Ames Daily Tribune from Ames, Iowa on July 21, 1933 · Page 8
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Ames Daily Tribune from Ames, Iowa · Page 8

Ames, Iowa
Issue Date:
Friday, July 21, 1933
Page 8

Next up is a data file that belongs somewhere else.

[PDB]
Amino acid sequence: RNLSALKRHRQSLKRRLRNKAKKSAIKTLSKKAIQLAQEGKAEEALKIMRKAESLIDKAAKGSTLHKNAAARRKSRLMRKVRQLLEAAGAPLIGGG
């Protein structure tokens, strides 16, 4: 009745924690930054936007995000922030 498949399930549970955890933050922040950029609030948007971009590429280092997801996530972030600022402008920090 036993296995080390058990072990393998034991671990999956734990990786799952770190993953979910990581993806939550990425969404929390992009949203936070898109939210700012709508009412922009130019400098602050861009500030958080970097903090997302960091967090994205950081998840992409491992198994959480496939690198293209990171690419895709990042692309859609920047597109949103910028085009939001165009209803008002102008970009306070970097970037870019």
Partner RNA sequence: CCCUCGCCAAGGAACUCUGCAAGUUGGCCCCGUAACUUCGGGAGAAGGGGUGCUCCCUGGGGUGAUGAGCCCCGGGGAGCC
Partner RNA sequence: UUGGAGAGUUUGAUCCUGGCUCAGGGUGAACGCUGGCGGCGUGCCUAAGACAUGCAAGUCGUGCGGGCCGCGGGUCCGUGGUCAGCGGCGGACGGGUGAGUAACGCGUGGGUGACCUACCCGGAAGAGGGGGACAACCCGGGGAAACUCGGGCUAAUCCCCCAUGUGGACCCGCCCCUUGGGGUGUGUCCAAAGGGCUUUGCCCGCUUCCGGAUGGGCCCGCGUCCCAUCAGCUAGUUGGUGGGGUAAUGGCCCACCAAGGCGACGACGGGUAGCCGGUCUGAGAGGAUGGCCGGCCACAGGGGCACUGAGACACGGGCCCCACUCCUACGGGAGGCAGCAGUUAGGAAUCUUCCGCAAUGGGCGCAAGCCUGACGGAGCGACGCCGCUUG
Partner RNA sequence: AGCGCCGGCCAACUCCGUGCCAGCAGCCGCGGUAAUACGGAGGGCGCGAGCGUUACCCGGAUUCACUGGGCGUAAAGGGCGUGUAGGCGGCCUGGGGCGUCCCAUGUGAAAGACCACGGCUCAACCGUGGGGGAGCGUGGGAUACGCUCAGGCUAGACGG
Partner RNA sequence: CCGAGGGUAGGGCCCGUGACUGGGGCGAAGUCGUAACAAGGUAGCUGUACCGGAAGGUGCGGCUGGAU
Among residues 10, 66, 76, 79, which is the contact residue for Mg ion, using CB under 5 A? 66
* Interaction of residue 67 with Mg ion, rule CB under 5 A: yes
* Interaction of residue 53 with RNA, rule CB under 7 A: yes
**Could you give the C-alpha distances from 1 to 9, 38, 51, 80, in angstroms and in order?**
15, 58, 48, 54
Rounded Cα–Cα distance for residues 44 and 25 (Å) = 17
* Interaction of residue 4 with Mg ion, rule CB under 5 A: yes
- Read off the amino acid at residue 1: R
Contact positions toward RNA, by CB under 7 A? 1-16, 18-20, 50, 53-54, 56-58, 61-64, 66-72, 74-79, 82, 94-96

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;**i«ff izrm w 'AUKS DAILY TlIBtWl TMII. 1MW IOWA 1 , TODAT, TOY M SATURDAY AUTO VICTIM Mrs. Rosevelle Woodman Buried Here The body .of Mr*. Rosevelle Woodman, 25, who died at Waverly, la., early Thursday from injuries suffered in an automobile accident, Wednesday afternoon, was expected to arrive in Ames Friday. Funeral services will be held Saturday at 2 p. m., at the First Meth- f odist church. The Rev. Walter A. Morgan, pastor of the church, will officiate, and burial will be in the Ames cemetery. •Mrs. Woodman was the wife of Wentworth 0. Woodman, graduate of Iowa State college, and teacher of agriculture and basketball coach in the Hull la., high school during the past year. - , . . ~ Enroute to Fair Mr. and Mrs. Woodman were en route from their home at Hull to Chicago to visit the world's fair. While driving along a highway about 1? miles east of Waverly and two miles north of Plainfield, their auto struck a car driven by Mrs. F. W. Schaeffer of Plainfield, as Mrs. Schaeffer drove on the highway from a side road. The Woodman car turned over tv/ice on the pavement and then rolled into the ditch. Mrs. Woodman suffered a cerebral hemorrhage" and a fractured collar bone. She was taken from the wreckage in an unconscious condition and removed to the hospital at Waverly, where she died 10 hours later without regaining consciousness^ Mr. Woodman suffered numerous cuts and bruises. A coroner's jury. Thursday aft- ernon, held the accident was unavoidable, and exonerated both drivers. Graduate of Amec High Mrs. Woodman was born at Sutherland, Iowa, Dec. 17, 1907. She came- to Ames with her family about 14 years ago, and was graduated from the. Ames high school tn June 1927. The nest fall r she was enrolled in the home economics department at Iowa State college, remaining one year. Three years ago, she was married to Mr. Woodman in Des Moines following Mr. Woodman's graduation fro mlowa State. They resided for two years at Plymouth, la., •where Mr. Woodmam taught agriculture in the schools, accepting the position at Hull a year ago. Besides her husband, Mrs. Woodman is survived by eight brothers and sisters: Miss Ruth Miller, teacher in Welch school; Miss Dora Miller, Mrs. 'C. H. Leeds and Mrs. D, D. Knapp, all of Ames; Mrs. W. J. Christensen, Chicago; Ray Miller, Sutherland; Clinton Miller, State Center, and Howard Miller, Vinton, FAOBFlTt Stratosphere Hying Scientists 7 Complete Months of Preparation Common* Bathhouse for Kids BOSTON KILE) — Boston Common is a virtual open-air bathhouse for children in. the summer. The tots "who "keep cool ia Frog Pond change -Into their bathing- suits on the surrounding lawns. GET THE BEST CHICAGO <UJR>—The group of Picard-Compton-Settle flying scientists have completed month* of preparations for one of the shortest yet one of the most important aerial flight* in history. The flight will be one of the shortest because regardless of how much traveling around they do getting there, the fliers' destination wiU be only some 10 miles away. It is one of the most important because that 10 miles destination happens to be straight up and as Lieut. Com. T. G. W. Settle points out there's a vast difference' between traveling 10 miles north or south from Chicago and traveling the same distance up from the same location. It has not been definitely settled and may not be until the time of the flight, who will accompany Settle on the world's fair flight into the stratosphere which Prof. August Picard of Europe has twice explored. Present tentative plans are for Picard's twin brother,. Jean to be the second man-in the-gondola and to carry out the five scientific experiments which are the' purpose of the flight. It is indicated,,however, that at the last minute an unnamed assistant of Dr. Arthur Compton may take Jean Picard's place when the 15-story tall balloon takes off from Soldier field to remain aloft for ii history-making hours. . Settle announced that the balloon was ready and all the costly equipment in place hi the gondola. All he is waiting for now is perfect weather. " . The balloonist said there was a slight possibility the take-off may be made Saturday or Sunday, but that it probably would not be/made until sometime next week. Weather conditions* to pointed out, must be perfect. The plan is, he" pointed out, to go 10 miles up, not a couple of thousand miles east to the Atlantic ocean, and if the air currents are not just right, the latter is the thing that might very likely happen, Altho the halloon is as big as a 15 story building, .the gondola is only seven feet in diameter. When the fliers reach the stratosphere, 36,000 feet above the earth, they will seal the gondola. At that height the temperature is constant at 55 degrees below zero. The at- mosphere is far too low to maintain life so the ballronlsts will have to get their oxygen out of bottles. Settle in confident th*t the present Picard altitude record of 53,153 feet will 1>e broken. He makes no further predictions than that as to how high he will go. When the balloon takes off at night it will contain 137,000 cubic feet of hydrogen. After dawn the sun rays gradually will expand the hydrogen until the balloon reaches its capacity of 600,000 cubic feet. When the balloonists get ready to conje down, they will let out gas thru valves and throw out ballast. Settle says It is not only possible but likely that his companion may be used as part of the ballast, but he'll have a parachute if he does have to jump. Thruout the flight the balloonists will keep in constant touch with the earth by radio,-carrying on conversations much as two persons would be telephoning. One of the most important pur^ poses of the expedition is to learn if possible the history of the cosmic rays, which are constantly bombarding the earth. Two sets of equipment will be used, one perfected by Dr. Compton of Chicago and the other by Dr. Robert Millikan of the California Institute of Technology. . ^__^ dishing Market Red Arrow No. 1 325 Main Phone 99 BACON SQUARES, Pork Loin Koasti, and Smoked Picnics.. ROLLED RIB, Rolled Rump, Boiled Fresh Ham .... HAM LOAF, Weineri, Pork Chops, 2 Ibs VEAL ROASTS, Beef Roasts, Ib . 14C Cheese, Pickles and a Good Variety Cold Meat. Good rain, shorter day, more pay—let's go! |**-M"I * H*l I HUH till H H I Hf H 11111111 MO "When you're offered a substitute for the original corn flakes, remember it is seldom in the spirit of service.'* OF BATTLE CREEK "Gold Diggers of 1933," Warner Bros.' dramatic imisical screen special and the most lavishly produced motion picture of the decade, opens Sunday at the Capitol theatre for a four day run. Hailed as a fitting climax to a season of exceptional entertainment values started by 'th~e presentation of the enormously popular "42nd Street," a few months ago, "Gold Diggers of 1933" is a spectacular story of stage life, of producers, of show girls who had to turn to gold Sjgging during the depression. In addition to the many stars and five great song hits It is replete with' side-splitting come'dy, with brilliant dramatic action and with the most elaborate and iinpfessive dance ensembles ever screened. The great cast, of stars consists of Warren William, Joan Blondell, Rhby Keeler, Ginger Rogers, Aline MacMahon,. Guy Kibbee, Ned Sparks and many others in. addition to 200 of the most gorgeous looking chorus girls ever assembled" on the one stage. - £iy Family Turns to Law BOSTON fllE)— Law runs in the Ely family. Governor Joseph B. Ely of Massachusetts is a lawyer. His father, his brother, son also are lawyers. and his Pasteurized DELTV- ERED All Milk' Guaranteed of Highest Quality SPECIAL PRICE! for 4 quarts or more. Call the driver. PHONE 1880 Sunshine Dairy I* Phone 219 Free Delivery 2508 Lincoln Way Stop & Shop FOOD MARKET FREE DELIVERY TO ALL PARTS OF AMES Quality Groceries and Meats At Lowest Prices for Dainty LINGERIE . — ^^" -^Sfiir^ | HI 1. Dissolve one spoonful of White King Granulated Condensed ( soap in a small amount of hot ; water-then add additional • ' water to cool-to lukewarm. 2. Squeeze the lukewarm suds thru the garments and rinse'in lukewarm water. 3. 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Z?C SALADA TEA, «*AA Black, Green, %-lb Z^C JAR LIDS, Mason, A ^ _ dozen ...... llC PAROWAX, Q ^" w w COOKIES, Harvest *A A Special, 23^1b box., j^C . . . . per loaf CC Fruits & Vegetables LEMONS ' S doz 29C BANANAS S nPc e y doz 2JC APRICOTS oJSL HEAD LETTUCE WATERMELONS lg crate $1.39 S 2 for 17C Lai « e . ifli» Te.xasdale J>g^ f PLUMS ' £35.; 45c CANTALOUPES ORANGES "S CABBAGE Extra __ ^ A _ Large C3 IOC r 2 doz 43c S Ib 5c TOMATOES 35? j Ibs *§ c POTATOES, No. 1 . 9 . . 7 Ibs 25c BUTTER Fancy Creamery 25C CHEESE College; Per Lb <• BROOMS Blue Handle; Each I9c COFFEE Chase & Sanborn's Dated Per Lb 29C ROYAL GELATIN 3 Pkgs 20C SALT fiavely; 2 Lbs; Free RunAJ ning or Iodized 6c BAKING POWDER .! Clabber Girl; lOc Can RAISINS 1 4. Lbs tf" 7 1QC SPINACH No. 2i/ 2 Can 15C •/. ] OXYDOL Large Pkg^ vy i Pork Chops /enter cuts lOclb Pork Steak Lean Pork ILOEV Roast lOdb Pork Roast Choice 9c IB Beef POT Roast lOdb BEEF STEAK Choice Jlfce It Country SAUSAGE ) Ibs 2$C RIB ROAST Rolled 15C Ib BEEF BOIL Lean 5db BEEF ROAST Boiled iSdb VEAL ROAST lOdb RUMP ROAST Boiled 16clb VEAL STEAK HJSc Ib £ SPARE RIBS Meatv 7clb VEAL STEAK Bound 20C Ib PIGS FEET 10-oz mug 15c VEAL ROAST Boiled I5db LAMB LEGS Me Ib SHORT RIBS lOcib SLICED LIVER 5clb SPRING CHICKS 2CC Ib SLICED BACON Wilson 16c Ib CHOICE WEINERS 12 1 / 2 C Ib SMOKED HAMS Whole or Half 14J£c Ib PORK TENDER 25c Ib BACON SQUARES IOC Ib HAM ROAST 12K 2 C ib SIRLOIN STEAK 15C ib GROUND BEEF 3 Ibs 25c HARDING'S FAMOUS 28 C Lb